Intent and Scope

Transcriptions of All the Belf Tunes / транскрипции всех ноты записей Белфа / בעלףס

A project like this means making decisions on intent and scope. The goal was to produce fairly accurate representation of the melody, harmony, rhythm, and form of each tune as performed on the source recordings. They are not intended as documentation of the recording. They are "the dots on the page" to help players who have heard the recordings.

These are lead sheets. Ornamentation, quick runs, and the like are not included. The recordings were made before recording became the "golden documentation" of a piece of music. These are instances of performance. Dotted eighths are simply shown, as is common, as triplets, assuming the player knows that they usually are not articulated evenly. (In the case of Turetskaya, a decision was made that the repeat of the first turn is a trainwreck on the record, and an ordinary repeat of the melody is in the transcription, not what is actually played, or not played).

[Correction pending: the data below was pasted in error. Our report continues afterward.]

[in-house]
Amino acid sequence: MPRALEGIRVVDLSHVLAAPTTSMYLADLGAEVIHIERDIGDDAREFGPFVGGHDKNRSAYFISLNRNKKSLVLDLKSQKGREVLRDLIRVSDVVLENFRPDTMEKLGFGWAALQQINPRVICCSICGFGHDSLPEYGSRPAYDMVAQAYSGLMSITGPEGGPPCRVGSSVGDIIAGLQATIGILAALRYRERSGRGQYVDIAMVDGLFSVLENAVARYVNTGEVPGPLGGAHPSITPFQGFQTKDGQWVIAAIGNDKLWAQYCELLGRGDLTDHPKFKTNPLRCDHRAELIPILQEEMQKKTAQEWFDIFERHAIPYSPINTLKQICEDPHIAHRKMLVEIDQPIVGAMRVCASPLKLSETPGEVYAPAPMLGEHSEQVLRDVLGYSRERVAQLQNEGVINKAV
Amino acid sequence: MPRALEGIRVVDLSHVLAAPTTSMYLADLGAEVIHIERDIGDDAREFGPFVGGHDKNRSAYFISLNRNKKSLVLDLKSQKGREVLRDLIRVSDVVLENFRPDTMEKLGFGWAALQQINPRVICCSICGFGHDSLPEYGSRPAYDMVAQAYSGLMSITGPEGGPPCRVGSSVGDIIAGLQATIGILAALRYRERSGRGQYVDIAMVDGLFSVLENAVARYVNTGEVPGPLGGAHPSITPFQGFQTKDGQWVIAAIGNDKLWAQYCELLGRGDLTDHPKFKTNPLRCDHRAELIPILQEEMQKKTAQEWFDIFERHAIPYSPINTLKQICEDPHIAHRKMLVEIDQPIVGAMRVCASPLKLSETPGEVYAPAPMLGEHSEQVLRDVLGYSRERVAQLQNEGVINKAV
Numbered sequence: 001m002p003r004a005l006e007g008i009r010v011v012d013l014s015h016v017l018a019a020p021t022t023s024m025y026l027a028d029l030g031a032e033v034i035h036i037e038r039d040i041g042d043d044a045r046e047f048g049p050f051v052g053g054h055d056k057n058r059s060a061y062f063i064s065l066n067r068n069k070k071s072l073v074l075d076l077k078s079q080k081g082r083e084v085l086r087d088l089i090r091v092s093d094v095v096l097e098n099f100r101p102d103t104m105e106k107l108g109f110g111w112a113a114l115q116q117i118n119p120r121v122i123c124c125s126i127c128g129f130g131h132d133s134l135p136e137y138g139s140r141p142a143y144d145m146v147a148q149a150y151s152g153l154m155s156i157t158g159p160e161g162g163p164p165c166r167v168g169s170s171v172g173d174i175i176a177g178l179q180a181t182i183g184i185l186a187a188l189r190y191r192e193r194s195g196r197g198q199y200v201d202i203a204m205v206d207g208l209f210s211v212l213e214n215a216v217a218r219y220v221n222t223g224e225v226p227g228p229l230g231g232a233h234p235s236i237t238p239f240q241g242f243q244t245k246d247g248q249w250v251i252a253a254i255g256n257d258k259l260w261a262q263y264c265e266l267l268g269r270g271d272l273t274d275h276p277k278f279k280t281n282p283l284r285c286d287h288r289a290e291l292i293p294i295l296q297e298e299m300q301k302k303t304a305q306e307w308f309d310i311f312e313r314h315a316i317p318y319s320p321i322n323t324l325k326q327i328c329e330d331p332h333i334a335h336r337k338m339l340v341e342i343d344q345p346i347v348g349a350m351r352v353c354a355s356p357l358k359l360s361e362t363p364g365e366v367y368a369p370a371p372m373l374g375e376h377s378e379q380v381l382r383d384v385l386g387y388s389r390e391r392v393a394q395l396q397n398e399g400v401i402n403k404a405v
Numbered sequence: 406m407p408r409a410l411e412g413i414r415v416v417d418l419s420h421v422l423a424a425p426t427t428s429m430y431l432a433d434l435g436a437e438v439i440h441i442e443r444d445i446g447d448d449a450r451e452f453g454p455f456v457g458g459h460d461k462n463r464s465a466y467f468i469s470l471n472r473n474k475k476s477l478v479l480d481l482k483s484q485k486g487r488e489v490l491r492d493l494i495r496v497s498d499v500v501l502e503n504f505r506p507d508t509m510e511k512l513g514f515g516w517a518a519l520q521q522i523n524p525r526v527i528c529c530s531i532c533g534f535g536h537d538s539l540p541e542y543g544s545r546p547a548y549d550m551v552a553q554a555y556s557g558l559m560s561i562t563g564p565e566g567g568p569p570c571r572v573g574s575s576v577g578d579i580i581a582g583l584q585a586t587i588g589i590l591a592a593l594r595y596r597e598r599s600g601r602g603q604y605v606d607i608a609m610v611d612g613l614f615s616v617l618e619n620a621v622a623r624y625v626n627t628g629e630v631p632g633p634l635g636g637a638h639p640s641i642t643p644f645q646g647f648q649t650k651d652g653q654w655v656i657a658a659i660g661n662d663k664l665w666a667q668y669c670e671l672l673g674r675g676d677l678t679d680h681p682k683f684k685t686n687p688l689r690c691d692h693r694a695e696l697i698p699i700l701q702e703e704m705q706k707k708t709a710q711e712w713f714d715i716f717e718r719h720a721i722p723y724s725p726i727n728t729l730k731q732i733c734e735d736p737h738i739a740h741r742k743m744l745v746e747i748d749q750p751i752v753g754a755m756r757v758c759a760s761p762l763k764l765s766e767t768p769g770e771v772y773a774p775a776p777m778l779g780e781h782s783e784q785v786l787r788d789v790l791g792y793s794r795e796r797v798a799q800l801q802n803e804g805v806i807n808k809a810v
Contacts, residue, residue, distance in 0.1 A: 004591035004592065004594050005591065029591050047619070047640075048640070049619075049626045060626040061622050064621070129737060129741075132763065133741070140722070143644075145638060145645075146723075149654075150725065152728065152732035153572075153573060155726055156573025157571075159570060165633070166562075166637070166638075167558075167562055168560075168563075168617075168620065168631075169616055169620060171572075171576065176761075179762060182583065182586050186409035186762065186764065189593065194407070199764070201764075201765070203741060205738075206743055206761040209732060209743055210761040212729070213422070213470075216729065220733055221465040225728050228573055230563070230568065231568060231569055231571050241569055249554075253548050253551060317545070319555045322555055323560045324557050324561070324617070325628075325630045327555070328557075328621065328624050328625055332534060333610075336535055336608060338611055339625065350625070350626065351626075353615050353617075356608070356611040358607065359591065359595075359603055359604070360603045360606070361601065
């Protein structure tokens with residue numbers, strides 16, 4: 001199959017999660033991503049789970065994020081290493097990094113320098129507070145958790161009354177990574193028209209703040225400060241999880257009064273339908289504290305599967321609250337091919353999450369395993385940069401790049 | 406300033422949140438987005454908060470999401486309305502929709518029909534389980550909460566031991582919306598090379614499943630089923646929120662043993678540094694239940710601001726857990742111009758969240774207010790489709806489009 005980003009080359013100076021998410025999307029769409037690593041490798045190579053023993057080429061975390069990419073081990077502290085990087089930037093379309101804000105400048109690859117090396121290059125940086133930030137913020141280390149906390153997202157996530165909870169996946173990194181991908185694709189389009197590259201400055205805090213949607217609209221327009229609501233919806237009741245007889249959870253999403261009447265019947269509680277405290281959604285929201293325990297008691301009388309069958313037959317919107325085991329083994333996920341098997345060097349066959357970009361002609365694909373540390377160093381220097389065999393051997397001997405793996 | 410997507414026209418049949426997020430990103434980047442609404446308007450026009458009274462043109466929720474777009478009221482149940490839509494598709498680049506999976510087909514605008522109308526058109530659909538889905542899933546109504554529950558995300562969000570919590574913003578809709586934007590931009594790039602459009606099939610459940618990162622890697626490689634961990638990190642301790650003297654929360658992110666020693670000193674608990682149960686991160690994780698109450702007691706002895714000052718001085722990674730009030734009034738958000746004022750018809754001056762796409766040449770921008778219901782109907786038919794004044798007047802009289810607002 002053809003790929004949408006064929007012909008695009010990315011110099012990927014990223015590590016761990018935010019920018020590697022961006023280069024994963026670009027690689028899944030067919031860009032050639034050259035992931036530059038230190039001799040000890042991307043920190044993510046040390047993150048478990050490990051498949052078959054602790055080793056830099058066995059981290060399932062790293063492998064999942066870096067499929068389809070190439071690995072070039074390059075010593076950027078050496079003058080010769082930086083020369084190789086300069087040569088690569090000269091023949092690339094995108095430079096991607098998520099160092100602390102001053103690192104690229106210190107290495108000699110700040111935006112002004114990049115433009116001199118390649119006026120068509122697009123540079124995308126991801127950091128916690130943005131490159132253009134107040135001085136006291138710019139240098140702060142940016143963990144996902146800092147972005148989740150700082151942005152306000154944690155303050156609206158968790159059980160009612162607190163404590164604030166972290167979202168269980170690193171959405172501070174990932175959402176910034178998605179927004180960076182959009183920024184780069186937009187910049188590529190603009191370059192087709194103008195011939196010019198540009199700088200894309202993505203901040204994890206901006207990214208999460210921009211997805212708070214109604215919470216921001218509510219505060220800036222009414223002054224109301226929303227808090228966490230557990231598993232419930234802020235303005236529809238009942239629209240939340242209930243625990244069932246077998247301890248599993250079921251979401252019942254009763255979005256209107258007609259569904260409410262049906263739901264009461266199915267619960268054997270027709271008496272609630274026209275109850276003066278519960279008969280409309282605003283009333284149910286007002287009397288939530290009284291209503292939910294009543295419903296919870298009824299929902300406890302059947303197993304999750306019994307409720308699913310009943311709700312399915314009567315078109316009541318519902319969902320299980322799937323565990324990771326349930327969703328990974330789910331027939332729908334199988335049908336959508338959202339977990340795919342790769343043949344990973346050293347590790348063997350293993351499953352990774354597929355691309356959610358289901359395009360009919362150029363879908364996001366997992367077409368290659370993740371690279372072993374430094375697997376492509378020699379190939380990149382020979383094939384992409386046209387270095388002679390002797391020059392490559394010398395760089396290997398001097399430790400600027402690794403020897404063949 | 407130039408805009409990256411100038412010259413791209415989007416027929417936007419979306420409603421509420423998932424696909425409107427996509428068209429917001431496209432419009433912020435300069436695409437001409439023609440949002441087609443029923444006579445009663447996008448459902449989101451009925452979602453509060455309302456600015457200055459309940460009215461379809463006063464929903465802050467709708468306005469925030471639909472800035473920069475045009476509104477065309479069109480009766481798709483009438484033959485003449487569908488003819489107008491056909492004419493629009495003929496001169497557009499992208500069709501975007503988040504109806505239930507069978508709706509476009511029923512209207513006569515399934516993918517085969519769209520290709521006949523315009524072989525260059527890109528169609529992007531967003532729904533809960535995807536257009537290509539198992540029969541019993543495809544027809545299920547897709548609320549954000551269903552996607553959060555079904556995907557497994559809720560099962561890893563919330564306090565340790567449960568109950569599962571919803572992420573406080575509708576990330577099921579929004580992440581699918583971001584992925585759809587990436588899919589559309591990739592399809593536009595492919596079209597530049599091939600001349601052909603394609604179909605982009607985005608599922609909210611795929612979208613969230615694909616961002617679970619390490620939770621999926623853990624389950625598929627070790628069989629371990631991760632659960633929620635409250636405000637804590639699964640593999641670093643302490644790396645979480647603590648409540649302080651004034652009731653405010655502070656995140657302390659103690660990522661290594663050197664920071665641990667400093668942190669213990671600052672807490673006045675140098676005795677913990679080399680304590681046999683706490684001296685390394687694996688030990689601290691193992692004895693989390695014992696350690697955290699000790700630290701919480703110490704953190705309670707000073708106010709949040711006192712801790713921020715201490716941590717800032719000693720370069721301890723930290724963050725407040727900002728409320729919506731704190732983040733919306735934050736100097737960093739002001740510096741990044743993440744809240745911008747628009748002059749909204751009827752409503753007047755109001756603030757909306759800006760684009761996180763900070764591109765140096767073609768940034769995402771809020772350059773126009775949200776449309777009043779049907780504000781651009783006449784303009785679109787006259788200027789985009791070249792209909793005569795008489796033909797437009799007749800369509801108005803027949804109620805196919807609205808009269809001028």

Harmonies sheets attempt, with much success, to show the point where chord changes happen, and what the chord is. Especially with the lack of bass response in some recordings, it can be difficult sometimes to tell. Usually, little detail beyond the chord root and its major/minor quality are shown. In a few cases, where it seemed essential to the sound, there is indication of an unusual third (Simchas Toyre begins on a chord that has a third, which is neither major or minor in today's common practice, nor in just intonation), or of an apparent extended harmony. But there may be places that a 7th should be added that isn't noted.

Rhythm has not been analysed on a measure by measure basis. At most, a pattern that resembles the one played on the record is shown for each section, possibly with an alternative if it changes in the measure. Often, one pattern is sufficient for the whole piece. Again, this is an aid to a player who has heard the recording. The notation doesn't show the smaller details where the rhythm pushes and pulls, although there is a little narrative at times to help point out the "feel".

Feel free to have your own ideas - either about what was played, or what should be played. Programming these sheets into a sequencer will not produce the music. Whether you are trying to "play like Belf", or making your own decisions, these are a great scaffolding to build the music on - but you have to provide the rest.